These steps were slower. And heavier. As though the innards of his shoes were lead-lined. His shoulders were broad– like they’d been chopping wood for months (though, in this heat, chopping firewood couldn’t have been what they were for). Maybe it was an inner heat that she could smell rather than a fire, but there was something about his ‘un-zigged’ swagger, which she could feel from yards and yards away up upon that perch where she sat…. Like a pigeon waiting for a lightning bolt, just asking for a sizzling.
Annabell was arrested. She’d never been stopped cold (especially in the dead of summer), by the beat from which someone bat their drum. She could only get a make on his outline, but it seemed a stencil of one of those god-like characters she’d learned about in those pictures at her all-girl’s school. Adonis? Wasn’t that the mythical creature’s name? It sounded about right in her head….
He had stopped in the middle of the room to speak to the chief of the staff. Nessie was a stately woman of color– stout and firm, yet kind and knowing, with a charm all her own. This Adonis was tall– or was it that the housekeeper was short? Annabell couldn’t remember how tall Nessie was… it had been a year, after all.
But Annabell definitely did not remember this boy. Or was he a man? It was hard to tell from her birdhouse-of-a-tree-branch into which she had settled. If she leaned over any farther, she would be training for the gymnastics portion of the Olympics, or some such. Arching her back to offset her weight, she strained to see what proportion of a nose went along with that light-colored feathering atop the whirls of testosterone underneath. What tambor of tone went with the voice which was presently talking with the in-charge, kind-of-heart, takes-no-horse-shit-from-anyone, Nessie? The housekeeper obviously knew this boy.
Could it be? Was he one working under the Masons? And what was his artisan trade? What shift would he shift?
The wind left her body as suddenly as it came– as if it were the third day, of the third month, of the eighth year of the new decade. A decade full of change. Promise. Demise. Despair. Deliverance.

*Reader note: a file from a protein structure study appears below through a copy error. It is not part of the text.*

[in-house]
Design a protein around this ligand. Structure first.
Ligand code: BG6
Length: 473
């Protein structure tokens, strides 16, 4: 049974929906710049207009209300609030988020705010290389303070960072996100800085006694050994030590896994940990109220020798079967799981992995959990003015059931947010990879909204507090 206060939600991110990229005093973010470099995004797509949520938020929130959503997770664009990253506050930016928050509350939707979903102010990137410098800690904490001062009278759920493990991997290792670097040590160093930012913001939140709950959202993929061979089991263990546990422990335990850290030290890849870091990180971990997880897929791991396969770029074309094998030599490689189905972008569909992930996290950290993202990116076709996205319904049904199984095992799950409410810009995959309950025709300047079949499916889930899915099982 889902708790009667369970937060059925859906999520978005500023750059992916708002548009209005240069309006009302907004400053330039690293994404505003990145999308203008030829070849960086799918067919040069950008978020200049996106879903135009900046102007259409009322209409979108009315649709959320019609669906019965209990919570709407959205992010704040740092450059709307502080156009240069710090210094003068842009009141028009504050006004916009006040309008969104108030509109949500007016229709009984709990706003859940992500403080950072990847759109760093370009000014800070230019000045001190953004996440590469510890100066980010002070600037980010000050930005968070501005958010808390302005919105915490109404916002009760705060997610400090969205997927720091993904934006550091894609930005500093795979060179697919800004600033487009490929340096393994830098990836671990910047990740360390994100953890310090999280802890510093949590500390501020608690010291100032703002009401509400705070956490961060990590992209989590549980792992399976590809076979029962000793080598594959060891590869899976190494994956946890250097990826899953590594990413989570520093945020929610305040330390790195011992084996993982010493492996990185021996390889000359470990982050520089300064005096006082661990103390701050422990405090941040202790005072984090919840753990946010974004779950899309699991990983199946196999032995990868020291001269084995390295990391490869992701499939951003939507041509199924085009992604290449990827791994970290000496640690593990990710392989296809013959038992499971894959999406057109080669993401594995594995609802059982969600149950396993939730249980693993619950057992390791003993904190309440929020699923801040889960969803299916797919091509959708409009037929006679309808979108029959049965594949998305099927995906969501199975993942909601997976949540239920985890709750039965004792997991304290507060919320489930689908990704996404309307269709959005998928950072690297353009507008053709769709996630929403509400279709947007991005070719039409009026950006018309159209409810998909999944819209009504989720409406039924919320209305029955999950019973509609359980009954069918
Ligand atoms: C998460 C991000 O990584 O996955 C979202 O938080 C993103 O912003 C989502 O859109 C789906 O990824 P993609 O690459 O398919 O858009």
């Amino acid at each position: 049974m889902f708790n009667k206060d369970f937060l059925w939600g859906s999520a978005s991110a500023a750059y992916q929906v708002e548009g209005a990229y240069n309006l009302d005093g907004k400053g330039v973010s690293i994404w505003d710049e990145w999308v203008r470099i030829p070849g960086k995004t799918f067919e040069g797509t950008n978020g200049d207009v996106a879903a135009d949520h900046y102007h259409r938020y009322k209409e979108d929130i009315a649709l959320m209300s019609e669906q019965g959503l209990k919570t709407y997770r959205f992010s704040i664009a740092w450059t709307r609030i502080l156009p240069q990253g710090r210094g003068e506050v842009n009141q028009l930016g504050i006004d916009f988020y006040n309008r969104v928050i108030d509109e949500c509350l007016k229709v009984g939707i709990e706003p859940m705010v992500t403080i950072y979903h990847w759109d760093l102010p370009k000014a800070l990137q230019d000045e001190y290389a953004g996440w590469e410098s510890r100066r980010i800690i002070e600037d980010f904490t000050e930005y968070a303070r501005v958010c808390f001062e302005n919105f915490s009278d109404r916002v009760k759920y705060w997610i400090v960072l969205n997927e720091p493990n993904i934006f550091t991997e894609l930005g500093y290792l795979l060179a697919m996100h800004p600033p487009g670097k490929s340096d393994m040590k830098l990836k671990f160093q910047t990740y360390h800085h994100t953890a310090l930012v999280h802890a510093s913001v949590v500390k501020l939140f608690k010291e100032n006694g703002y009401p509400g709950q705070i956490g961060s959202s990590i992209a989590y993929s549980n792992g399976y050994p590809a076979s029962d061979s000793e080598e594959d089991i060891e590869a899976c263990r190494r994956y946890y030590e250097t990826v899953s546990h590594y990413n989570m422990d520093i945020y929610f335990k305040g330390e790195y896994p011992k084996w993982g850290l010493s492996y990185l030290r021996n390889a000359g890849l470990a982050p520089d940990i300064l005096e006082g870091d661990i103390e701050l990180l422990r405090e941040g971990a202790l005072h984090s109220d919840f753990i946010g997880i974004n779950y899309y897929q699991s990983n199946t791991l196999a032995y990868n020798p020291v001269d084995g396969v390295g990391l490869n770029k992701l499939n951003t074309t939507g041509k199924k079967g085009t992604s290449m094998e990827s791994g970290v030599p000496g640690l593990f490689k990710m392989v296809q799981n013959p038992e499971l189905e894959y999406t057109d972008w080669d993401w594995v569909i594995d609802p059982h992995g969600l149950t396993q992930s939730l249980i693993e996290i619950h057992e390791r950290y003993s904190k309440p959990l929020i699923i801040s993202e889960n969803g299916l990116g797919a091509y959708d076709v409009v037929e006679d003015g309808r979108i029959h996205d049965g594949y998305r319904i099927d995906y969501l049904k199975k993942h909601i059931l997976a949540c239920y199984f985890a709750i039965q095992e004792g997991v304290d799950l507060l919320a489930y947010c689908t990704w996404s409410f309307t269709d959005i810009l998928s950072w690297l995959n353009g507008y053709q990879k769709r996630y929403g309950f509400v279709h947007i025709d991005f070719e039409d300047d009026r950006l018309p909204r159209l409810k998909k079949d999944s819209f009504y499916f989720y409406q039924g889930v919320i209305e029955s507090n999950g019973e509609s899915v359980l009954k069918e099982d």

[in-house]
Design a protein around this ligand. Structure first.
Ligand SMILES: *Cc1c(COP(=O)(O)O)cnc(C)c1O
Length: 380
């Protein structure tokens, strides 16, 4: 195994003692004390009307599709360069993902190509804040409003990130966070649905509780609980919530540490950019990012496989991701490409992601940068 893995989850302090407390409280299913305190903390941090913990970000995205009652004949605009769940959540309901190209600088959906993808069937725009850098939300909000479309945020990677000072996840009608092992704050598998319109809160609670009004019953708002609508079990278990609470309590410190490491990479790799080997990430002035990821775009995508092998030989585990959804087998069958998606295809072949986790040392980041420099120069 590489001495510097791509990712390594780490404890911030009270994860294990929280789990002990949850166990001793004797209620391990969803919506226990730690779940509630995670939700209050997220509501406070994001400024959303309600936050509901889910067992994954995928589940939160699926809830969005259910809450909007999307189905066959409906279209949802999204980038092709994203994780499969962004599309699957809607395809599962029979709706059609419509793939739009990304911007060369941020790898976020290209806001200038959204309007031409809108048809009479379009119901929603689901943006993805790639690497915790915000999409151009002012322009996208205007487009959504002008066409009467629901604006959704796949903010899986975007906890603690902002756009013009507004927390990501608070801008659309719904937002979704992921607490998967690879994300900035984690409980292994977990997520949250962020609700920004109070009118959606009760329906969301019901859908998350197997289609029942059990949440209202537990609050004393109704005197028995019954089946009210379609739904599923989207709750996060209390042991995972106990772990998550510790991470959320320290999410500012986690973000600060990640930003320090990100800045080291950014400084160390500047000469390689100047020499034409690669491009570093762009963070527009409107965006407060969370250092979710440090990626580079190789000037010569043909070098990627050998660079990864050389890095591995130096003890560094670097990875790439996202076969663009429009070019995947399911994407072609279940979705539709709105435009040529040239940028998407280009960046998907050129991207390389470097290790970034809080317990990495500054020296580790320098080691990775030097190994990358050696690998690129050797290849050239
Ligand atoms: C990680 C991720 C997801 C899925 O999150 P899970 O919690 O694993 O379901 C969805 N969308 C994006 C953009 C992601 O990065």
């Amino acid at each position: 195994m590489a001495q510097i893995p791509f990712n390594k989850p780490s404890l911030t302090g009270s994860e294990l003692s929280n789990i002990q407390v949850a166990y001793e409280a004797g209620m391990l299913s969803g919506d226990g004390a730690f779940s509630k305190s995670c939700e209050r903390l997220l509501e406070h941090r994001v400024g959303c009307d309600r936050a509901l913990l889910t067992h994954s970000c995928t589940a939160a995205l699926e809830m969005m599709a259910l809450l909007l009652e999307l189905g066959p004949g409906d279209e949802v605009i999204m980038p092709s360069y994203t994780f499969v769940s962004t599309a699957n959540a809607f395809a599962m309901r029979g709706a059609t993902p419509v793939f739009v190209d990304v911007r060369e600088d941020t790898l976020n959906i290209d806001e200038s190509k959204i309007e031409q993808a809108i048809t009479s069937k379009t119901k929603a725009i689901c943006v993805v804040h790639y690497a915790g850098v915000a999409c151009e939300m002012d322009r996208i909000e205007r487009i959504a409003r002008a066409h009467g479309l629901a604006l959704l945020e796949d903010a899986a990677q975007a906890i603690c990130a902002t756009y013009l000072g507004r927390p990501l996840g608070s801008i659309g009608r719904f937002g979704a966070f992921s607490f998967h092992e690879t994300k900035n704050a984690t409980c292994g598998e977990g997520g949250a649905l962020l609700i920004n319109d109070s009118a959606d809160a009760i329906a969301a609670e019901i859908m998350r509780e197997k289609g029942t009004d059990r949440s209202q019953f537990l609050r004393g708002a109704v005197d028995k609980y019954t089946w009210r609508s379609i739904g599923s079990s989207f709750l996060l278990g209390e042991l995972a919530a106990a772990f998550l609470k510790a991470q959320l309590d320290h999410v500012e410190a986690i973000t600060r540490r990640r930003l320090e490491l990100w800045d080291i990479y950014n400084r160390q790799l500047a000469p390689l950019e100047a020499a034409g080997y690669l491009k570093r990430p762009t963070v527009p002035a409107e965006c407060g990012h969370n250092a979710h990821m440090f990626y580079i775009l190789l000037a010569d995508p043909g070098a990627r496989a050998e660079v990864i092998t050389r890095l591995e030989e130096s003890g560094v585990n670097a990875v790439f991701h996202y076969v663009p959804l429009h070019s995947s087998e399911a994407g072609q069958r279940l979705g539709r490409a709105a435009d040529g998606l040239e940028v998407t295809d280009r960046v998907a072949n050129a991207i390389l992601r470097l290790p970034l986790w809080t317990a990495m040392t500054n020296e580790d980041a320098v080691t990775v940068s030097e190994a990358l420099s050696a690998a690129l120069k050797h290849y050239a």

Her feet left the ground– not by her doing, albeit. A little help from two tiny hands of the Ginger had unweighted her weight in the direction of Newton’s Law.
A stark cry out of her tiny ribcage, and then there she was– circling over the parched railing, seeing only ceiling and the tops of trees out the half-circle glass window (which she had always wondered how anybody could get up high enough to clean). She looked back. The Ginger, whose green eyes were wide in horror –staring her in the face and passing through her field of vision–, watched as she flipped a flip and reached out to her new best-friend-of-a-railing, grabbing a hold of the banister before a sure-fated demise be but inches away.
Annabell was hanging on for dear life and cursing the Ginger, but still she didn’t dare look down. And then she heard the Adonis’ voice below her.
“Hold on tight! But if you don’t, I’ll catch you,” the low, thick drawl assured her.
Yes. Annabell Mason (soon-to-be-Hayworth, though she didn’t know it), was hanging by her fingernails to a railing that wasn’t used to holding. The boy below was not named Adonis (nor Hayworth, for that matter), but as she hung and waited, the glistening became more… and made her comfortable in new and uncomfortable places. And all she could think about was how she would be held once her rescue was complete.